Google Podcasts Manager Unlocks Podcast Search Performance

Oct 14, 2020 • 7:11 am | comments (0) by twitter | Filed Under Google Search Engine
 

Google launched Google Podcasts Manager, which is basically the search performance reports and analytics for how well or poorly your podcasts perform in Google Search. You can set it up for your podcast at podcastsmanager.google.com/about.

Google Podcast Manager gives you a look at your podcast performance in Google Search, specifically showing you plays by day, impressions by day, CTR, minutes played, your top episodes, device breakdown, top search terms, top discovered episodes and much more.

To set it up, you need to go through a few steps. I was able to skip the verification step, I assume because I have already verified this domain in Google Search Console.

Step One: The RSS Feed:

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Step Two: Preview the Feed:

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Step Three: Send Verification Code:

I was not asked for this

Step Four: Verify Ownership

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Then you are set:

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I was immediately brought to a screen with stats coming soon. Google wrote "This show is currently not available on Google. Once it becomes available, data will be collected."

Here is a screen shot that shows this data I mentioned above, click on it to enlarge:

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Here are some definitions on the metrics:

  • Meaningful play: When a user listens to an episode (or segment of an episode) at least once for more than 5 seconds in a single Pacific Timezone (PT) day. Meaningful plays are grouped by user, day, and show (or segment, depending on whether you are counting total plays or plays of a given segment). Therefore if a user listens to the same episode twice on a single day, it is counted as 1 play; if a user listens to the same episode on Monday and again on Tuesday, it is counted as 2 plays.
  • Total plays: Total number of meaningful plays for an episode. Multiple listens of the same episode in the same PT day are counted as a single meaningful play.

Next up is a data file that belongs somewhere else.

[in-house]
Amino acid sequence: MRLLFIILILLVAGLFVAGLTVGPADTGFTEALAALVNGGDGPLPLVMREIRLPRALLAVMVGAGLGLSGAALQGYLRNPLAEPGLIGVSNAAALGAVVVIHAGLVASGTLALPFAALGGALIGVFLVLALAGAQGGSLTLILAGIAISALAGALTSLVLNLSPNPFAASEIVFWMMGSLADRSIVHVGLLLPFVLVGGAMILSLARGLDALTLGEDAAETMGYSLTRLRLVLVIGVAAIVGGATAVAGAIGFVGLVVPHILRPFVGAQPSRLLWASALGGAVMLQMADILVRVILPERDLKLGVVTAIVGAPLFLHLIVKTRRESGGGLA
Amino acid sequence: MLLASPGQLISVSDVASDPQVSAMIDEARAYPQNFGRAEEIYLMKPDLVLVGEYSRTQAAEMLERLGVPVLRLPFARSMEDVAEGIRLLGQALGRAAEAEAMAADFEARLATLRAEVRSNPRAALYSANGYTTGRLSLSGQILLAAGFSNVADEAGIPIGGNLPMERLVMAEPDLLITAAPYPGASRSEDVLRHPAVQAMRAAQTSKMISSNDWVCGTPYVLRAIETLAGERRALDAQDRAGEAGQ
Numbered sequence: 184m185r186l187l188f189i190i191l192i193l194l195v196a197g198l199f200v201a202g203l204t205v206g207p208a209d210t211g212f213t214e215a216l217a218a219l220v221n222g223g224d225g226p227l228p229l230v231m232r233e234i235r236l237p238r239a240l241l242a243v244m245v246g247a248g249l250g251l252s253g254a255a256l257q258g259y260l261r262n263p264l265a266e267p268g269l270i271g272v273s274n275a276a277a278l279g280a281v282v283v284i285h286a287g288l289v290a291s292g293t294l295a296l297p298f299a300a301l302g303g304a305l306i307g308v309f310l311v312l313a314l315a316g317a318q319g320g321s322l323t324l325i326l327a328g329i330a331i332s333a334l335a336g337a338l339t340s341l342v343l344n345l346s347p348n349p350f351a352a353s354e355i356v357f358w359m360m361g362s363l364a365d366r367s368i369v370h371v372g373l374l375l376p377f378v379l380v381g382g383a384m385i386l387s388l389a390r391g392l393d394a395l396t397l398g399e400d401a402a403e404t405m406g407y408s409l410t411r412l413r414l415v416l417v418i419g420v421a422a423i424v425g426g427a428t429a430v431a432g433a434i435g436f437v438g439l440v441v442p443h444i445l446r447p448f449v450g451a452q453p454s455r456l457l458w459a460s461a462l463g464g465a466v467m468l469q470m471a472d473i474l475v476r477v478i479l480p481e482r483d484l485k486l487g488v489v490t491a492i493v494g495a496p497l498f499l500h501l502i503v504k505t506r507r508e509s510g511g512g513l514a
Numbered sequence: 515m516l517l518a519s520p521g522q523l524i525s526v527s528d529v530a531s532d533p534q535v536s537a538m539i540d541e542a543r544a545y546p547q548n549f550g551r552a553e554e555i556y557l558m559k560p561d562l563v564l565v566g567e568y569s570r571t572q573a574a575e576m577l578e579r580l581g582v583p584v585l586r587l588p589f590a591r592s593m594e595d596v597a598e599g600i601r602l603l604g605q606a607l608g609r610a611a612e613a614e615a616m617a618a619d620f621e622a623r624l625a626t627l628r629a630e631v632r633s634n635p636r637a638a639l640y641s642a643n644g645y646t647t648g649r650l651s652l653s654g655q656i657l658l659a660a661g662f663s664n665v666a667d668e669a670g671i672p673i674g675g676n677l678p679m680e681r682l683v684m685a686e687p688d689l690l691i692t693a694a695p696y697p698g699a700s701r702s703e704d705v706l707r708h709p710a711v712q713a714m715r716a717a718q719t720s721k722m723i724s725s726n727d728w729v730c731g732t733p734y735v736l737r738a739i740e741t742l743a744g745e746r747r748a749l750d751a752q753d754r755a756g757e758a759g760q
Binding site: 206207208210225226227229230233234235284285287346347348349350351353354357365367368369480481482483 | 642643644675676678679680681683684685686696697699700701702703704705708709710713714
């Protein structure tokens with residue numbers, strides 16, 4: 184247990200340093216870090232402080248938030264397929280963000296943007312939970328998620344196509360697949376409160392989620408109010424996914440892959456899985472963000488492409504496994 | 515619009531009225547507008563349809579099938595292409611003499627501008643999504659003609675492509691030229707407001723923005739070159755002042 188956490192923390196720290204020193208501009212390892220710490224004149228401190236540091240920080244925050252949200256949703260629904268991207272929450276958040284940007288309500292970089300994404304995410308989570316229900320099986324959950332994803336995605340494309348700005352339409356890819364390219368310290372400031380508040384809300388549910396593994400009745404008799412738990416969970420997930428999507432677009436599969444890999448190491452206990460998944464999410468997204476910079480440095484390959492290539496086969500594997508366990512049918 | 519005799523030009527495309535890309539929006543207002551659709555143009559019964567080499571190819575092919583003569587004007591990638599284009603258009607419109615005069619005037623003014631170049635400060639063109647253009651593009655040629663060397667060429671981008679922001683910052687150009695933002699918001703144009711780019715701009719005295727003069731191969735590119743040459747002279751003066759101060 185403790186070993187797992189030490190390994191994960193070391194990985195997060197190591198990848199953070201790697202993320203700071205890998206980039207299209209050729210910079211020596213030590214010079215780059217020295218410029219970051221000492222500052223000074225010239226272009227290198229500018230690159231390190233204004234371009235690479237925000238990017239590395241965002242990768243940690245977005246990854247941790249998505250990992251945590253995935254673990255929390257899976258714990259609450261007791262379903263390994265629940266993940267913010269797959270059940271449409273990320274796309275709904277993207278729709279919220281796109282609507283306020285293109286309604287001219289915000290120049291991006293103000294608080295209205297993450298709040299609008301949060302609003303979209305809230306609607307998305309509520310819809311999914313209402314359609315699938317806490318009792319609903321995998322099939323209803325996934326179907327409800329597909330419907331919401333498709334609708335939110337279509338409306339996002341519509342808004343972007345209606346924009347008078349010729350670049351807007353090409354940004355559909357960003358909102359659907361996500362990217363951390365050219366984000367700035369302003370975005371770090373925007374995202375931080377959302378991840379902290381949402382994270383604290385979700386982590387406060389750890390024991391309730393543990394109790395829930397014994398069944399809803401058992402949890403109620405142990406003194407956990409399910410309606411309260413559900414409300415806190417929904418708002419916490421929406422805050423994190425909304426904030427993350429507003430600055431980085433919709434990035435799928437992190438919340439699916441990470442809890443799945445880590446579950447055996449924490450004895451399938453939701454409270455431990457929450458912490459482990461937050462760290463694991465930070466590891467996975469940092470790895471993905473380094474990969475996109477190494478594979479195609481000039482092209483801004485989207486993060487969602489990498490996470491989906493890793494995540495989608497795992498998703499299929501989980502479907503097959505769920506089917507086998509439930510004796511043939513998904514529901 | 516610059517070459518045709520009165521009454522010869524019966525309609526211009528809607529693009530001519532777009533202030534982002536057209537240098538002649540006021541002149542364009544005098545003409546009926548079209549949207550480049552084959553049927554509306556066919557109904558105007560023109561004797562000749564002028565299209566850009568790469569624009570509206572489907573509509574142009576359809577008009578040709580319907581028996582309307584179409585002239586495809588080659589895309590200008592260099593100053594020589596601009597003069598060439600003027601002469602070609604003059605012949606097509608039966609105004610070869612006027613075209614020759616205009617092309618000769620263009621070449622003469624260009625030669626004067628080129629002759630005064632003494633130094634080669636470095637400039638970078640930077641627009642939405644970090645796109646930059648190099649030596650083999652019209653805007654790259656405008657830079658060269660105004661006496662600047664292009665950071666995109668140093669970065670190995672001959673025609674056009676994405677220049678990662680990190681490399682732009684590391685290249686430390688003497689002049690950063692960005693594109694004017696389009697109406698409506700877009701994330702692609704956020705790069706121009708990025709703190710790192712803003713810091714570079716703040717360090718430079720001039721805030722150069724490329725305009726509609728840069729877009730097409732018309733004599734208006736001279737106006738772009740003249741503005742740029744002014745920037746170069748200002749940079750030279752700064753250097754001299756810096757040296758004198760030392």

• Play time: Total played minutes of meaningful plays. Multiple listens of the same episode segment in the same PT day are counted only once.
  • Episode name: Episode title declared in the RSS feed.
  • Episode duration: Average length of the episode, including ads or other dynamic variations, as streamed or downloaded by all listeners.
  • Plays in first 30 days: Total number of meaningful plays for this episode in the first 30 days after the Published date. Repeat listens in the same day are ignored.
  • Average played: Average percentage of the episode listened to by all listeners.
  • Published: Episode publication date declared in the RSS feed, which may not reflect when Google first found your feed and made it available on a Google Podcasts platform.

There is a much larger help document on this report over here.

Arudea from Google also shared these tips on how to optimize your podcast for Google Search:

Google Search continues to be an important and growing discovery mechanism for podcasts. Podcasters always ask us about how to optimize podcasts for Search, and while the guidance is similar for all surfaces where users listen to podcasts, there are a few things we wanted to call out that are particularly important for Search:

  1. Include detailed show and episode metadata: The show description and episode descriptions help us deliver more accurate search results and provide users with more context on the contents of an episode. Of course, follow general best practices for adding useful and relevant descriptions.
  2. Make sure your podcast’s webpage and RSS data match: If you have a web page for your podcast, make sure the following data match the data in the RSS:
    1. The title of the podcast show’s webpage and the title of the RSS feed match.
    2. The HEAD element of the podcasts show’s webpage contains a ‘link rel’ element that points to the RSS feed, and that the RSS feed in turn contains a channel link element whose value matches the URL of the show’s webpage More details here.
  3. Include cover art: We recently changed our guidelines to make cover art images in your podcast feed required, rather than optional. More details are here.
  4. Allow Googlebot to access your audio files: We recommend making sure that your audio files, the actual mp3s within your RSS feed, are able to be crawled and accessible to Googlebot. While this is recommended and not required, if we can crawl your audio files, it allows our technology to use these files to understand the entirety of the podcast. This allows us to surface this podcast to users for a broader range of topics, as we understand the full context of the episode, and aren’t limited to the description. More details are here.

Forum discussion at Twitter.

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